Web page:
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Richard Walker

The Interrogative Mood

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Edited by Richard Walker, Thursday, 10 Mar 2016, 23:28

(As grammar geeks do) I was reading a history of punctuation past and present, and it pointed me to Padgett Powell's remarkable novel The Interrogative Mood.

I took a quick Look Inside, and found an irresistible Buy with 1-Click.

Every sentence in the book is a question, but they are not random; each is a sort of surreal reflection that glues itself to your mind and makes you think what your answer is, or could be, or might be. 

The questions are grouped in sections, within those paragraphs, and there is a kind of elusive logic that binds each to its neighbours.

For example

"Do like it when your body is sore? Had you the opportunity, would you attend clown school? Will you linger to see a sunset more readily than you might get up to see a sun rise?"

(ME: Sorta. Yes. Yes.)

"Do you have a specific length shorts must be? Is Santa Claus in your view essentially a pedophile? How long would it take you to get over a house fire that destroyed everything you owned and thought dear to you?"

"Would you rather have a swimming pool or a small private gymnasium? Do you have any experience that that suggests there was a higher water table when you were a child than there is now?"

200 pages. 2000 questions. I don't know what to make of this book but I'm glad it exists. Are we in agreement on this point or would you rather read about ways of attracting woodland birds in larch forests, without employing any artificial aids?

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Richard Walker

Featherless Ones

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Featherless ones

remember us
when you pick over our bones.

For we are proud to have lived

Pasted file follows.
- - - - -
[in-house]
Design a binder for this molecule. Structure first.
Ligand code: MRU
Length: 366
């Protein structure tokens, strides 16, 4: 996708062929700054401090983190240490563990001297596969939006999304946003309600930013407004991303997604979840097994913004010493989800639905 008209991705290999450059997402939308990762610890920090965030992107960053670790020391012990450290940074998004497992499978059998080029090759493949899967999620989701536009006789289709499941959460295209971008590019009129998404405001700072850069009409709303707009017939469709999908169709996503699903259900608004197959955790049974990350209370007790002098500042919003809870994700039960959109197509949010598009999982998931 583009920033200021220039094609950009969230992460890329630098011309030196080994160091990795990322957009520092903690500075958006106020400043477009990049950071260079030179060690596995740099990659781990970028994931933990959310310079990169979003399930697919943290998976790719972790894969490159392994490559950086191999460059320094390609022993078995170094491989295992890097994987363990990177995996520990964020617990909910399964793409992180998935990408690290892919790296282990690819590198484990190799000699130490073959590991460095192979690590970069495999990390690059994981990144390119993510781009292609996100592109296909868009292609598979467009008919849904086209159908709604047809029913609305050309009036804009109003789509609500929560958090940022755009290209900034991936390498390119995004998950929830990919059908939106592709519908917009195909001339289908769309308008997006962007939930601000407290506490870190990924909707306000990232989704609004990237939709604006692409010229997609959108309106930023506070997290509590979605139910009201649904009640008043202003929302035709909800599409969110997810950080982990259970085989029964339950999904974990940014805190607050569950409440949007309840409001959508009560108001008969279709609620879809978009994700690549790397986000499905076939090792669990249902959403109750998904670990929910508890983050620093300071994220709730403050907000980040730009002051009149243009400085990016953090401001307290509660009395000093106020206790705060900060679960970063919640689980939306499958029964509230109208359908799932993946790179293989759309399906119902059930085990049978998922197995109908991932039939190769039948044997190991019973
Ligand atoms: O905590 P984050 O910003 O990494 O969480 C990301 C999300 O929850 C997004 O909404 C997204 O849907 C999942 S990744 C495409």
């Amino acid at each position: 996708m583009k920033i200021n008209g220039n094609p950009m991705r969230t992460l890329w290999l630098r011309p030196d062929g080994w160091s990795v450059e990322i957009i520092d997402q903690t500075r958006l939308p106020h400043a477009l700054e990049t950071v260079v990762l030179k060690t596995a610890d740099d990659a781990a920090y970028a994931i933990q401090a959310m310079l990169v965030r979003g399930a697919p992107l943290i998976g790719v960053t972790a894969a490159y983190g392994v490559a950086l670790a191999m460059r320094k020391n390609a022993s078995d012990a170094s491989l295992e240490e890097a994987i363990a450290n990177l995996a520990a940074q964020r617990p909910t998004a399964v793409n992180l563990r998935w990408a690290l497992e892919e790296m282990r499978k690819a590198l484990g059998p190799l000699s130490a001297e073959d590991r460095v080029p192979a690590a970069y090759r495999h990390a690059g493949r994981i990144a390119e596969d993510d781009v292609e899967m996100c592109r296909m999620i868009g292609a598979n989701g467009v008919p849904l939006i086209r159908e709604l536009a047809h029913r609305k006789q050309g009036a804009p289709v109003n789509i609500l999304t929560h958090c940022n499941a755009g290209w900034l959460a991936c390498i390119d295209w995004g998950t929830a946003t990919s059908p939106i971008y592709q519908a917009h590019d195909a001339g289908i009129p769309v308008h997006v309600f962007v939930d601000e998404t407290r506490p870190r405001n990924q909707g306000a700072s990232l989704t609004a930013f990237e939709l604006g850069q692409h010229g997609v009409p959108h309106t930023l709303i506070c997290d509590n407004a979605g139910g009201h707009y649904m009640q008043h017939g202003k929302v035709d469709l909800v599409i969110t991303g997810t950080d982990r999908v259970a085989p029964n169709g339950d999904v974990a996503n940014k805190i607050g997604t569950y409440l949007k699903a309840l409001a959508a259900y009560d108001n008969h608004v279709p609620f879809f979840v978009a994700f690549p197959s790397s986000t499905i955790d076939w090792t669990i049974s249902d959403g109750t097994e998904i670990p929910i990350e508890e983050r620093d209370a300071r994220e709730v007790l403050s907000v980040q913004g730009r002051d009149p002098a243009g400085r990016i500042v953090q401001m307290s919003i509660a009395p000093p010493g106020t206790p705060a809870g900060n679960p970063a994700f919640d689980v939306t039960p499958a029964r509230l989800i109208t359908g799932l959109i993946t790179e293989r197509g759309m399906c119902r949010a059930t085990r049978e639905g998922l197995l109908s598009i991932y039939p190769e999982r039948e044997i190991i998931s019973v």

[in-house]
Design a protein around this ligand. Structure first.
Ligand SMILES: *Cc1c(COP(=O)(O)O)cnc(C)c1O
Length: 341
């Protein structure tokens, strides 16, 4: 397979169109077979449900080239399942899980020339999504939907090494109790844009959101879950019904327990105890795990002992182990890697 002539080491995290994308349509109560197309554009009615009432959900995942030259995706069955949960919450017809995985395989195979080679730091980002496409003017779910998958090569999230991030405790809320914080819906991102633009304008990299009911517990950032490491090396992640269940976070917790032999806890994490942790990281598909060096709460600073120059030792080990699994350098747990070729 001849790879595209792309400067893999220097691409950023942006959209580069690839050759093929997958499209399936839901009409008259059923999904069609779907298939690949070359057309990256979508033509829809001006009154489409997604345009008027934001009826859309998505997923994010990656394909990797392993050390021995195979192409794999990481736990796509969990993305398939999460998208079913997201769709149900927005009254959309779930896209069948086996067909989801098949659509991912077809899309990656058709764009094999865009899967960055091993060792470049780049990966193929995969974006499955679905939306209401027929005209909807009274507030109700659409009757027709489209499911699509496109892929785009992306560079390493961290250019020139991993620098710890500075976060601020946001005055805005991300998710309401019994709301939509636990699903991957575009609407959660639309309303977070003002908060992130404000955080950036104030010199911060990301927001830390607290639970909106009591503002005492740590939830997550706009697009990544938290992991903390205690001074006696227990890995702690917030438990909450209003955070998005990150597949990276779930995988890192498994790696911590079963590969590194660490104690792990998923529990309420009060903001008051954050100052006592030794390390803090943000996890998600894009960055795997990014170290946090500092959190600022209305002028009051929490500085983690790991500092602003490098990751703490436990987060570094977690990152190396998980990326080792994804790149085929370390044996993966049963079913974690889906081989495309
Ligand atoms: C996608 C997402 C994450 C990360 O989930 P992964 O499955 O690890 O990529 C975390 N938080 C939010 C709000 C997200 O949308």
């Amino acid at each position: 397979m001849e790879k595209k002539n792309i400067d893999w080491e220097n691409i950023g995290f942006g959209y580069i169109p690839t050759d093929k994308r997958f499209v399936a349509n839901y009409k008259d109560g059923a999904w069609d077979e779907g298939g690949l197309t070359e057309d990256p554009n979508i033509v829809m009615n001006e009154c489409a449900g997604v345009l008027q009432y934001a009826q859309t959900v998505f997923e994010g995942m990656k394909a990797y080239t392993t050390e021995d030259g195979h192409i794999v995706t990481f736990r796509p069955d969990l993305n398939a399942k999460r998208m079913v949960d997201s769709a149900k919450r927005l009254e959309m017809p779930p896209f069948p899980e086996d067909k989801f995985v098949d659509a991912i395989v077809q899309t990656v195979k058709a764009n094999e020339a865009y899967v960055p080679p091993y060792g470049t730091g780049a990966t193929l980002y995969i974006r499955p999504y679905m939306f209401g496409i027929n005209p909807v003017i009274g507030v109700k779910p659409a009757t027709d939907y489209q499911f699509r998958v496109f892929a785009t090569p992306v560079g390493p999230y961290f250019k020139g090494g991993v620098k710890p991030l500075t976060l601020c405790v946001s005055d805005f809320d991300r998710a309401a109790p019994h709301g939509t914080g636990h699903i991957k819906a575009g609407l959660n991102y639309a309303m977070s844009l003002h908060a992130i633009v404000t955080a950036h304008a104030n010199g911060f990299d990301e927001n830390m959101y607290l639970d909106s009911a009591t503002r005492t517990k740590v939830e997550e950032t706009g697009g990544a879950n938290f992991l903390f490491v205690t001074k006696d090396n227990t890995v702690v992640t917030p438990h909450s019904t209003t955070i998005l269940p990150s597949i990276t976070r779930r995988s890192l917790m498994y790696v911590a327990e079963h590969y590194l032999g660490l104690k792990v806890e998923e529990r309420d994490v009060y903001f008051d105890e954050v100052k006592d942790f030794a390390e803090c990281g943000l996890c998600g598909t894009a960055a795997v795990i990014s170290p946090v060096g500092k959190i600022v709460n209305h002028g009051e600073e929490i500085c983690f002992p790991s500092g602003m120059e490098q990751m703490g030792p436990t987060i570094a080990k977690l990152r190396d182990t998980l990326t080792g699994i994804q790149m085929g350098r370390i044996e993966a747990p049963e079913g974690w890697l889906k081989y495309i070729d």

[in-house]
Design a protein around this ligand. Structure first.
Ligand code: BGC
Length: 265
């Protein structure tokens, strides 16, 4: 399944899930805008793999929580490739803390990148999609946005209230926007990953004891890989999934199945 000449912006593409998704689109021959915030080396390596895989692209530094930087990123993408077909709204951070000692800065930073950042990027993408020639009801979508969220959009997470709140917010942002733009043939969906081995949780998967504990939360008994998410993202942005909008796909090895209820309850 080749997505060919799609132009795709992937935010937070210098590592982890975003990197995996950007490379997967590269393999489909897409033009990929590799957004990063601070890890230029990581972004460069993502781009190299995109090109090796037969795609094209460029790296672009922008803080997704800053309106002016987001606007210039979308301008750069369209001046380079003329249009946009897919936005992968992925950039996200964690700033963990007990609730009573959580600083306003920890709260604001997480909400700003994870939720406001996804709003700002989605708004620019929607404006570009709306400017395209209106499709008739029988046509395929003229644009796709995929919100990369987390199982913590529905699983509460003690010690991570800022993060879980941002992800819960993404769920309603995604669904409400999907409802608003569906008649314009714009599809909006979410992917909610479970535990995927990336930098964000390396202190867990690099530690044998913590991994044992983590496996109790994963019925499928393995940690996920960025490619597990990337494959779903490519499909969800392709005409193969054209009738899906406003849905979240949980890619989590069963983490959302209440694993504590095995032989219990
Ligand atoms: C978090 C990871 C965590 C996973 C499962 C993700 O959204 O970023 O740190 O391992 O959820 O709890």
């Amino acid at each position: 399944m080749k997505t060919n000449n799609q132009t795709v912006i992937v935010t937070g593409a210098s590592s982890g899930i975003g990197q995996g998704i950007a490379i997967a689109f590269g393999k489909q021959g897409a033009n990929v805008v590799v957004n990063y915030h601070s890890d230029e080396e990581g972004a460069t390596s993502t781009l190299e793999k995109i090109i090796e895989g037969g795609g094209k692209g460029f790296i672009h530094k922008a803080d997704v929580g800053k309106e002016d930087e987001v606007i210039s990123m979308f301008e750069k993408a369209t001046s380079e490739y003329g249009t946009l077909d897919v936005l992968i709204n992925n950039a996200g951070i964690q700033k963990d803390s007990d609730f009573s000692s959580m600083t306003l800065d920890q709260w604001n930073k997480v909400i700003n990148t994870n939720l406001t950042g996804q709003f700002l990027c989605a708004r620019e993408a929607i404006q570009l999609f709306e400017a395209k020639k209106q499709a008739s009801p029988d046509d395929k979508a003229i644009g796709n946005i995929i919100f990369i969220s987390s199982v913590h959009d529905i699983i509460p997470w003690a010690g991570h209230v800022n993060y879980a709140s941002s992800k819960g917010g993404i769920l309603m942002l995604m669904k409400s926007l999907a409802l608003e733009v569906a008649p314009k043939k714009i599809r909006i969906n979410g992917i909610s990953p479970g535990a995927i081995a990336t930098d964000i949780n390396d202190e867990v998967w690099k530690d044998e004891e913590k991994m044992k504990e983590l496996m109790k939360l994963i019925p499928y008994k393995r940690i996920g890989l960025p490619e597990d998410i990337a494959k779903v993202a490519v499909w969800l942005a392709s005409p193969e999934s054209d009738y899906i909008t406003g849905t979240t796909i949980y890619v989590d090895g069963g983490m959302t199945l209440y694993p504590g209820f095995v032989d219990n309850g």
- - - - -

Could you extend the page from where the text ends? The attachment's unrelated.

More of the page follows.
as you are proud to live also.

Know us by our kin,
And let your hearts soar.

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Richard Walker

From the Joke Factory

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Edited by Richard Walker, Saturday, 5 Mar 2016, 00:30

Q. What do frogs eat their dinner off?

A. Croakery!

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Richard Walker

One Liner

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My girlfriend stood me up. Mind you, I'd fallen over first.

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Richard Walker

WELL

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Down the pub with some crockery experts. WELL we got smashed!

Down the pub with some builders. WELL we got plastered!

Down the pub with some blacksmiths. WELL we got hammered!

You get the idea.

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Richard Walker

Thumbnail Scrapers

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Edited by Richard Walker, Friday, 4 Mar 2016, 23:22

I found these small flints on country walks and I think they have been worked into 'thumbnail scrapers'. The name is from their size; to give you an idea, the red arrow is 1 centimetre. I don't think any one really knows what they were used for, but they are very interesting objects.

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Richard Walker

Alla Barnen In Society

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Edited by Richard Walker, Thursday, 3 Mar 2016, 23:06

Everyone at the reception was sipping sherry. Except Oona.
She was knocking it back by the schooner.

Everyone at the wedding was sipping champagne. Except Dale.
He was drinking it out of the pail.

Everyone at the salon was delicately sipping pink gin. Except Rose.
She was snorting it up her nose.

Everyone at the tasting was sipping Sauternes. Except Wayne.
He was puking in the lane.

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Richard Walker

One Liner

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Edited by Richard Walker, Saturday, 5 Mar 2016, 00:07

A friend told me about her whirlwind romance. It had a bad ending, because he turned out to be a twister.

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Richard Walker

One Liner

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Edited by Richard Walker, Tuesday, 1 Mar 2016, 22:43

In my day all schools had a whistle blowing policy, although it applied mainly on the playing field.

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Richard Walker

Alla Barnen*

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All the kids were learning financial literacy, except Honey.
She was busy laundering money.

All the kids were leaning citizenship, except Piers
He had his fingers in his ears.

All the kids were learning core values, except Mabel
She was doing something peculiar under the table.



* I've not posted any of these for a while. 'Alla barnen = 'All the kids' is a children's humorous verse form, from Denmark and Sweden. Like 'Scandinavian noir' detective writing it can be a bit dark. But still funny.





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Richard Walker